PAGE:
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This chapter is from the book

This chapter is from the book

Customizing the New Menu

One of Windows XP’s handiest features is the New menu, which enables you to create a new file without working within an application. In Windows Explorer, select File, New, or right-click inside the Contents pane and select New. In the submenu that appears, you’ll see items that create new documents of various file types, including a folder, shortcut, bitmap image, WordPad document, text document, compressed folder, and possibly many others, depending on your system configuration and the applications you have installed.

What mechanism determines whether a file type appears on the New menu? The Registry, of course. To see how this works, start the Registry Editor and open the HKEY_CLASSES_ROOT key. As you’ve seen, most of the extension subkeys have only a Default setting that’s either blank (if the extension isn’t associated with a registered file type) or a string file that points to the extension’s associated file type.

However, lots of these extension keys also have subkeys and a few of them have a subkey named ShellNew, in particular. For example, open the .bmp key and you see that it has a subkey named ShellNew. This subkey is what determines whether a file type appears on the New menu. Specifically, if the extension is registered with Windows XP and it has a ShellNew subkey, the New menu sprouts a command for the associated file type.

The ShellNew subkey always contains a setting that determines how Windows XP creates the new file. Four settings are possible:


This setting, the value of which is always set to a null string (""), tells Windows XP to create an empty file of the associated type. Of the file types that appear on the default New menu, three use the NullFile setting: Text Document (.txt), Bitmap Image (.bmp), and WordPad Document (.doc).


This setting tells Windows XP to create the new file by making a copy of another file. Windows XP has special hidden folders to hold these template files. These folders are user-specific, so you'll find them in %USERPROFILE%\Templates. On the default New menu, only the Wave Sound (.wav) file type uses the FileName setting, and its value is sndrec.wav. To see this value, you need to open the following key:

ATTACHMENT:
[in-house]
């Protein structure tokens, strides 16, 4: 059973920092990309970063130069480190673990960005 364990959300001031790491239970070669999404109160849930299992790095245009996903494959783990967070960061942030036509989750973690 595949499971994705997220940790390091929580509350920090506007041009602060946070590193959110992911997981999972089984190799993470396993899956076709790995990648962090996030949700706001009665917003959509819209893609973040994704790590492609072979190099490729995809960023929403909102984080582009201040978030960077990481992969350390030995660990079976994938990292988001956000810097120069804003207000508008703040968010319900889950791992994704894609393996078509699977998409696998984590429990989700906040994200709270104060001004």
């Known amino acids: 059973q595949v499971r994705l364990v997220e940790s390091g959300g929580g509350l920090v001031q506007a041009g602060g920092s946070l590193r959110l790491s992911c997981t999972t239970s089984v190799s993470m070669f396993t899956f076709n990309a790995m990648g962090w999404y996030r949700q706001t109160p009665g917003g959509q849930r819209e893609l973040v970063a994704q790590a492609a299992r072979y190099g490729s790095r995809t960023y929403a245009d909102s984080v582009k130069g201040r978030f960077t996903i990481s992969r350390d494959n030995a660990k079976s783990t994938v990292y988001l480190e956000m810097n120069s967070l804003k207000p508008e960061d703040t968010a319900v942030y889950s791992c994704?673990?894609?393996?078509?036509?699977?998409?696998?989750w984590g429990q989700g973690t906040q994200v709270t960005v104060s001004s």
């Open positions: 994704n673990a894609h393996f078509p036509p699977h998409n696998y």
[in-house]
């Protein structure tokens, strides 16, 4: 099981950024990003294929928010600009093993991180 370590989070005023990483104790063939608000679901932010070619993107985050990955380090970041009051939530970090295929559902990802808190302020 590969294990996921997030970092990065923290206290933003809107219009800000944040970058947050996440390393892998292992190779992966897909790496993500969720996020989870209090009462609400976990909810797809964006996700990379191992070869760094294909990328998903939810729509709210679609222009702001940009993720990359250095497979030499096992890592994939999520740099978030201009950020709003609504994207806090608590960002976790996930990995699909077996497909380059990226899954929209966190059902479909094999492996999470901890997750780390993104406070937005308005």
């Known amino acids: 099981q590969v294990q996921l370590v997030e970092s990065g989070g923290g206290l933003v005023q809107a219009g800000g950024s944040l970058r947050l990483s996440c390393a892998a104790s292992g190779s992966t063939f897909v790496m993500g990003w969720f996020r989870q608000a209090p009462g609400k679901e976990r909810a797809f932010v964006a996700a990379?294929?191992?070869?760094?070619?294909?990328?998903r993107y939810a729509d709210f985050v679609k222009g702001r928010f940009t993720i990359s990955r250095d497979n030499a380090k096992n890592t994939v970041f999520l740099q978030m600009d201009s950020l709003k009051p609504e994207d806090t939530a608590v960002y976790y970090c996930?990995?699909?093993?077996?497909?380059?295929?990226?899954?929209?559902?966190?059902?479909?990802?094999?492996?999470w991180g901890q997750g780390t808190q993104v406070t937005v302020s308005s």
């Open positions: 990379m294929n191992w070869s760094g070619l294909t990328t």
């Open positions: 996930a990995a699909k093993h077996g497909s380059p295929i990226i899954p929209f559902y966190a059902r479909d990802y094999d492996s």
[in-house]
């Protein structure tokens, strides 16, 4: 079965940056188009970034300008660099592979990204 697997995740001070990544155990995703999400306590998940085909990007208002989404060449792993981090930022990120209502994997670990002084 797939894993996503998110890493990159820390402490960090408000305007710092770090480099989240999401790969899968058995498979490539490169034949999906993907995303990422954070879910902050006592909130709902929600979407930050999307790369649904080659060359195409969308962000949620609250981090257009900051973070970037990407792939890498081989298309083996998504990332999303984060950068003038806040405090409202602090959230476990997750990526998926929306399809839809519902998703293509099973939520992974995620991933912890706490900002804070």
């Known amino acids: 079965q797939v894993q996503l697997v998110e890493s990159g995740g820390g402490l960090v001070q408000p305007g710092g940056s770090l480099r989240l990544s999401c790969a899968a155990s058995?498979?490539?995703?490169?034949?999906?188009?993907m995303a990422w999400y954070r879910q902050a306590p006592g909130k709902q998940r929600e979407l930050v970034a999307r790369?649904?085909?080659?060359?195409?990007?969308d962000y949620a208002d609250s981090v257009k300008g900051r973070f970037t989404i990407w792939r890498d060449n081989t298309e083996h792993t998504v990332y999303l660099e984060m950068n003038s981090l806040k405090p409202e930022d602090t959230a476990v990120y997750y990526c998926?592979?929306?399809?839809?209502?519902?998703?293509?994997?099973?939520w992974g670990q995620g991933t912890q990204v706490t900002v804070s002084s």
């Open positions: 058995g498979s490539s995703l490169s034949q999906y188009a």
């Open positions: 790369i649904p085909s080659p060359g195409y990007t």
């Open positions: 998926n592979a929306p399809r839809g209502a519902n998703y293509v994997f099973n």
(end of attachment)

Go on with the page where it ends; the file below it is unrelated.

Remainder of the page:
This setting tells Windows XP to create the new file by executing a specific command. This command usually invokes an executable file with a few parameters. Two of the New menu's commands use this setting:

  • Shortcut—The .lnk\ShellNew key contains the following value for the Command setting:

  • rundll32.exe appwiz.cpl,NewLinkHere %1

  • Briefcase—In the .bfc\ShellNew key, you'll see the following value for the Command setting:

    %SystemRoot%\system32\rundll32.exe %SystemRoot%\system32\syncui.dll,Briefcase_Create %2!d! %1


This setting contains a binary value, and when Windows XP creates the new file, it copies this binary value into the file. The New menu's Compressed (Zipped) Folder command uses this setting, which you can find here:


Adding File Types to the New Menu

To make the New menu even more convenient, you can add new file types for documents you work with regularly. For any file type that’s registered with Windows XP, you follow a simple three-step process:

  1. Add a ShellNew subkey to the appropriate extension key in HKEY_CLASSES_ROOT.

  2. Add one of the four settings discussed in the preceding section (NullFile, FileName, Command, or Data).

  3. Type a value for the setting.

In most cases, the easiest way to go is to use NullFile to create an empty file. However, the FileName setting can be quite powerful because you can set up a template file containing text and other data.

Deleting File Types from the New Menu

Many Windows XP applications (such as Microsoft Office) like to add their file types to the New menu. If you find that your New menu is getting overcrowded, you can delete some commands to keep things manageable. To do this, you need to find the appropriate extension in the Registry and delete its ShellNew subkey.

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